Documents in the NTIS Technical Reports collection are the results of federally funded research. They are directly submitted to or collected by NTIS from Federal agencies for permanent accessibility to industry, academia and the public.  Before purchasing from NTIS, you may want to check for free access from (1) the issuing organization's website; (2) the U.S. Government Printing Office's Federal Digital System website http://www.gpo.gov/fdsys; (3) the federal government Internet portal USA.gov; or (4) a web search conducted using a commercial search engine such as http://www.google.com.
Accession Number ADA590460
Title Creating a Better End Games Strategy: Fully Exploiting the Capabilities of Multiple Disciplines.
Publication Date Sep 2013
Media Count 99p
Personal Author T. A. Sowers
Abstract The United States strategy to combat the terrorism threat has been widely debated since the attacks on 9/11. These attacks spurred many opinions on the best method to counter terrorism, whether through the military, law enforcement, intelligence, or diplomacy. The United States Intelligence Community has highly motivated agencies with specialized tools and techniques which have been effectively used to thwart terrorist plots and engage in offensive actions. Unfortunately, there is no singular answer to terrorism. It requires the assimilation and strategic usage of these disciplines to be successful. The United States government must advance beyond mere coordination as it is not the optimal standard. Collaboration is the defining difference to achieve the best strategic advantage. An analysis of the best practices identified in business and government to form cohesion within a unit will be conducted and compared to the current structures within the Intelligence Community. The strengths and limitations of existing units are carefully analyzed, and a model is proposed and examined using the same methodology. This research suggests that through a highly collaborative unit engaging all the relevant disciplines the United States can move toward a more effective strategy to counter the terrorist threat.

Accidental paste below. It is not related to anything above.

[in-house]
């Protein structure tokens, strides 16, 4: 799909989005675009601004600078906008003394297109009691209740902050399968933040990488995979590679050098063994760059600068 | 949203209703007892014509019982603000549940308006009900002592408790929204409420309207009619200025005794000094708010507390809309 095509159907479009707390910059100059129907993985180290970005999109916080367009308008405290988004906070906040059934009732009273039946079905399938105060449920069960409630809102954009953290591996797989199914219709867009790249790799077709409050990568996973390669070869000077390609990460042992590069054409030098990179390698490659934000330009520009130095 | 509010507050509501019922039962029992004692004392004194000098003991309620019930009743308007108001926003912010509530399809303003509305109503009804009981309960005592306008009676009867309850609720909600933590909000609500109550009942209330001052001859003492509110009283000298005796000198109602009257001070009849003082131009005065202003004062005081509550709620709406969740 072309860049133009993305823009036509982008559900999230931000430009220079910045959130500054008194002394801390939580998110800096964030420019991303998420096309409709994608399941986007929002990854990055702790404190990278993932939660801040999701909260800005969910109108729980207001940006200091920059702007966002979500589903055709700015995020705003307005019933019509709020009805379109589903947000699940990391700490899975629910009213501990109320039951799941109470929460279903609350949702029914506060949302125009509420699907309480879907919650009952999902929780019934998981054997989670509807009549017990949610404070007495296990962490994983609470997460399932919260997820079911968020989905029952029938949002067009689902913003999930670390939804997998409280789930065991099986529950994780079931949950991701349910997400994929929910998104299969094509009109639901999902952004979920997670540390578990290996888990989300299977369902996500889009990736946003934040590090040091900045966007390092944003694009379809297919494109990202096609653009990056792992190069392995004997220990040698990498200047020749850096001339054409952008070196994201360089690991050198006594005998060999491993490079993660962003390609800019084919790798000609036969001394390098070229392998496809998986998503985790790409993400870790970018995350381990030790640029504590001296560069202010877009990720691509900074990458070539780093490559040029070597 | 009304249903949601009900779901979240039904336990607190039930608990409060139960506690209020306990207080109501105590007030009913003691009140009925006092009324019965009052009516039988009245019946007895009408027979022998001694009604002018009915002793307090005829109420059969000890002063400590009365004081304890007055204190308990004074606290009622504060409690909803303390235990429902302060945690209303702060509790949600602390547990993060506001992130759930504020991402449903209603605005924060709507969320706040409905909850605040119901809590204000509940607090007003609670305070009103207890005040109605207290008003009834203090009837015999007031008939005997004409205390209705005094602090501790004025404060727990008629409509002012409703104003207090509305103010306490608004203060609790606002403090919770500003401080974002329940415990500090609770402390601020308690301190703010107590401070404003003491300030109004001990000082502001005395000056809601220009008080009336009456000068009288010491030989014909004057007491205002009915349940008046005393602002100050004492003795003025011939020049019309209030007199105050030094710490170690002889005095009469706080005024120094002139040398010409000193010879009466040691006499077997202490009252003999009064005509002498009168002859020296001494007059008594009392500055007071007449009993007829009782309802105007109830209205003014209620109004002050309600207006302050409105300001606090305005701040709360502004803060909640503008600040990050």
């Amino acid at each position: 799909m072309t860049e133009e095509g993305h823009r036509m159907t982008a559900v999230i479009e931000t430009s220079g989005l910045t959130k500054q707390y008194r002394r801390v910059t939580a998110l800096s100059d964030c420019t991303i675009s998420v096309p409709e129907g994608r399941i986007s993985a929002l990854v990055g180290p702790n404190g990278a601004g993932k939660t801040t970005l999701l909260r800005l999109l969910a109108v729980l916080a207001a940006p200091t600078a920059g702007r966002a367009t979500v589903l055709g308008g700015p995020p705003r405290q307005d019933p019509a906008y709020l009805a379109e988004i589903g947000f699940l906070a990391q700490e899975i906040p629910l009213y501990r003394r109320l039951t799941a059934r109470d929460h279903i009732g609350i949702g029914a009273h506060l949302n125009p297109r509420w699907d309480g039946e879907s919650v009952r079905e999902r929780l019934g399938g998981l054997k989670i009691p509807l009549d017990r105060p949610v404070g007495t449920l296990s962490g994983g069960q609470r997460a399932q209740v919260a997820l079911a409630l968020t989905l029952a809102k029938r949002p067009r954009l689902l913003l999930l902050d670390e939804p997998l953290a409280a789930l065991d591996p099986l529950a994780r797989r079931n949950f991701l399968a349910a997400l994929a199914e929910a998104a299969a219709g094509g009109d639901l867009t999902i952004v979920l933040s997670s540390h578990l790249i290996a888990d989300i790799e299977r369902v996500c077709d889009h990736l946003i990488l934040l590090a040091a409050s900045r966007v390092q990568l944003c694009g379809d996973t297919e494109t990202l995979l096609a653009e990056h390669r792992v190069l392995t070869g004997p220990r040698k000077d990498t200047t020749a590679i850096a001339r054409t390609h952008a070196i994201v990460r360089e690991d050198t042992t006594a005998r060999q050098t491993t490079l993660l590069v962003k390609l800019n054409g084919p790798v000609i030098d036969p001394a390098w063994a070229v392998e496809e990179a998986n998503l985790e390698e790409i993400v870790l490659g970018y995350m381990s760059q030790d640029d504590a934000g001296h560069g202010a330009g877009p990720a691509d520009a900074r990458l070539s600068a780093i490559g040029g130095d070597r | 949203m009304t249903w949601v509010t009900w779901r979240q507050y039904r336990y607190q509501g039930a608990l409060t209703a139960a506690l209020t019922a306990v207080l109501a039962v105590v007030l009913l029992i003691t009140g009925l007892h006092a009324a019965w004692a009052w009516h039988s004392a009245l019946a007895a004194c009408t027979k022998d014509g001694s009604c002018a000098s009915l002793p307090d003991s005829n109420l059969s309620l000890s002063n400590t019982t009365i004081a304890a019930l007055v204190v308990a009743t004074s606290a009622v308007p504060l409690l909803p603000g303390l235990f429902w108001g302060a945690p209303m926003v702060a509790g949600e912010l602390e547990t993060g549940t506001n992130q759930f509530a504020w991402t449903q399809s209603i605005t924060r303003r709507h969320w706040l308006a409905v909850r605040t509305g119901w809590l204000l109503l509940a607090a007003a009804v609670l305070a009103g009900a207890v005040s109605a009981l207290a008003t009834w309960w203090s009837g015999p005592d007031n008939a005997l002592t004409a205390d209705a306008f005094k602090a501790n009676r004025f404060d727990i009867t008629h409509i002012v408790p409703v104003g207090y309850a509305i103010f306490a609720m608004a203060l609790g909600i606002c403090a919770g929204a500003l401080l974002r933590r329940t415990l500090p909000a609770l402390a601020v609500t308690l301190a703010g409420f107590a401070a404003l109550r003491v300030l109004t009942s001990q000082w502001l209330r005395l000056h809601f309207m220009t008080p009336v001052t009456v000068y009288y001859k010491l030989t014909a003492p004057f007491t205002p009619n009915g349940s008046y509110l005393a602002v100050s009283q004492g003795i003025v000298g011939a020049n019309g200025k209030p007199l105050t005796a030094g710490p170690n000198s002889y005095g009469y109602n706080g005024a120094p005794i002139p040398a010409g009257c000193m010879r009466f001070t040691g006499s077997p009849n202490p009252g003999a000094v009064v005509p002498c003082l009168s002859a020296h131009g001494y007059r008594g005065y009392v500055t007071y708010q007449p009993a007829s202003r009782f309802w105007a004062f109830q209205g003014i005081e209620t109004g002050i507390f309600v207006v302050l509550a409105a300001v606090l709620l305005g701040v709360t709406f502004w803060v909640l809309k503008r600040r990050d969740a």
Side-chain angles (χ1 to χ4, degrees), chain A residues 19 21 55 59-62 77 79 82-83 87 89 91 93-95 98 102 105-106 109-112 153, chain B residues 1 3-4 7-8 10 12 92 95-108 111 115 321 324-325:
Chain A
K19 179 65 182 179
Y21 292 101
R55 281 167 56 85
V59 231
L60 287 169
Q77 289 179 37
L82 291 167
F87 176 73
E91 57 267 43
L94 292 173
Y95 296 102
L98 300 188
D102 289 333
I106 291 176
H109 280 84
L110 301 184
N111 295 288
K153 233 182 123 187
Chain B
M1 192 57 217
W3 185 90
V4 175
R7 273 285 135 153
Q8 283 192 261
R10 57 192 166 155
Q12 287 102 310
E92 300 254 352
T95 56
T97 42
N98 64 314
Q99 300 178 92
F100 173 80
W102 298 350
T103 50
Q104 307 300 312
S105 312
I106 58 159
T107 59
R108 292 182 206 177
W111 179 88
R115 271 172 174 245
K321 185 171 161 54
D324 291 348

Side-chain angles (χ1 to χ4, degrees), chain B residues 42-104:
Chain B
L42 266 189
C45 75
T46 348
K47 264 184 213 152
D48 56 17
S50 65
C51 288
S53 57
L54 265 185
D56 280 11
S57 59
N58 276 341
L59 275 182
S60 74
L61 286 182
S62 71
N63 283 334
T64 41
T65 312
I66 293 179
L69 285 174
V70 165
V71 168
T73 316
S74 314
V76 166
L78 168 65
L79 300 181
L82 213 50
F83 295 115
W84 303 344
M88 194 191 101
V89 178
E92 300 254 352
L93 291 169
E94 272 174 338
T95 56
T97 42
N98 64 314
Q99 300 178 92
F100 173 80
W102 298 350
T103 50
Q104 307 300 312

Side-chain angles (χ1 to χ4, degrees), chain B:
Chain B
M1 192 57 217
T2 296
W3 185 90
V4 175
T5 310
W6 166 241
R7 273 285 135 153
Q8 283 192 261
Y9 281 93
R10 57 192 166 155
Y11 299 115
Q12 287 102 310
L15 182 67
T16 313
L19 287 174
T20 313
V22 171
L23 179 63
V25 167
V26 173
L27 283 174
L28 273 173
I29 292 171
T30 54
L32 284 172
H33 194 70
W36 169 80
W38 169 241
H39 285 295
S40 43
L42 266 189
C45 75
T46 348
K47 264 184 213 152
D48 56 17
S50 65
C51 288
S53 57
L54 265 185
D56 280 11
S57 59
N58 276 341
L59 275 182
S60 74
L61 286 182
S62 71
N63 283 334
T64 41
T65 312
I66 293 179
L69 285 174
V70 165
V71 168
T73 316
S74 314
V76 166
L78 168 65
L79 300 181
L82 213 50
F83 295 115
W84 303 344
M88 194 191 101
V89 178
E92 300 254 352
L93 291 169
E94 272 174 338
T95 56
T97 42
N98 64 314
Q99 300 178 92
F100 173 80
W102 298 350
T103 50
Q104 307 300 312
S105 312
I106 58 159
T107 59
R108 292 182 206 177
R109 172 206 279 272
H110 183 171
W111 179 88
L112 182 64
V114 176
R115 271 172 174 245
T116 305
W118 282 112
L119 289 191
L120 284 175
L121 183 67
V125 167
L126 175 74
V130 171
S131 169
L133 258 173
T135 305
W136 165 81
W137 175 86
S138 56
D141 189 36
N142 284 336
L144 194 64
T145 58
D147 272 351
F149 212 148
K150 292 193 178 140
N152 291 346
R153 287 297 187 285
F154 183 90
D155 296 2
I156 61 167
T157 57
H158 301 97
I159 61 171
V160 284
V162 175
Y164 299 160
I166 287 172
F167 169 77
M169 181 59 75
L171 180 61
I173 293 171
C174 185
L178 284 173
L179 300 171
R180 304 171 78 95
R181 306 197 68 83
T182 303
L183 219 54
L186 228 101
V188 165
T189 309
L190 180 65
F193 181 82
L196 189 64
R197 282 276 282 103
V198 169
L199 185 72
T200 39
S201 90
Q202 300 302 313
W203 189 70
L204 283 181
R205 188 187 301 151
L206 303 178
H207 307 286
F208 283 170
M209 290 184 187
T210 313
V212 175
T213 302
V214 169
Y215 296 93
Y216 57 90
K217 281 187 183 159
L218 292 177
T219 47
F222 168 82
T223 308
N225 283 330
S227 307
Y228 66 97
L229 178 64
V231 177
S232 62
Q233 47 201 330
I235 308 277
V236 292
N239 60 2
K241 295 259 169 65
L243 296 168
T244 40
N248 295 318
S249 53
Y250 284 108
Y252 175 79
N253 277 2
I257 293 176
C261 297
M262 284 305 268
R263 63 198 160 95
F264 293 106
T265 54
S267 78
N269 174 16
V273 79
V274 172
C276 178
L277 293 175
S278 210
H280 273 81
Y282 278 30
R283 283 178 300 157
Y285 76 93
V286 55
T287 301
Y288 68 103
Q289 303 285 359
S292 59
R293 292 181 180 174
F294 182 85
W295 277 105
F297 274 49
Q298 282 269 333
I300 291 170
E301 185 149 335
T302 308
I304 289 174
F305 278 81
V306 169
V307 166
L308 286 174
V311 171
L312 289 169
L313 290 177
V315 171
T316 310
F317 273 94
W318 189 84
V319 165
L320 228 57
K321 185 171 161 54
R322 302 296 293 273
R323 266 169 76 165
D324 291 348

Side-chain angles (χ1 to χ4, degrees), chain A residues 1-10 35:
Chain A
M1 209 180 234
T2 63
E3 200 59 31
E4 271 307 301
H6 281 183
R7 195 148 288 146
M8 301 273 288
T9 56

Keywords Assimilation
Attack
Collaboration
Collaborative techniques
Counterterrorism
Intelligence
Joint terrorism task force
Multi-discipline
Strategy
Terrorism
Theses


 
Source Agency Non Paid ADAS
NTIS Subject Category 70B - Management Practice
74F - Military Intelligence
92 - Behavior & Society
Corporate Author Naval Postgraduate School, Monterey, CA.
Document Type Thesis
Title Note Master's thesis.
NTIS Issue Number 1409
Contract Number N/A

Science and Technology Highlights

See a sampling of the latest scientific, technical and engineering information from NTIS in the NTIS Technical Reports Newsletter

Acrobat Reader Mobile    Acrobat Reader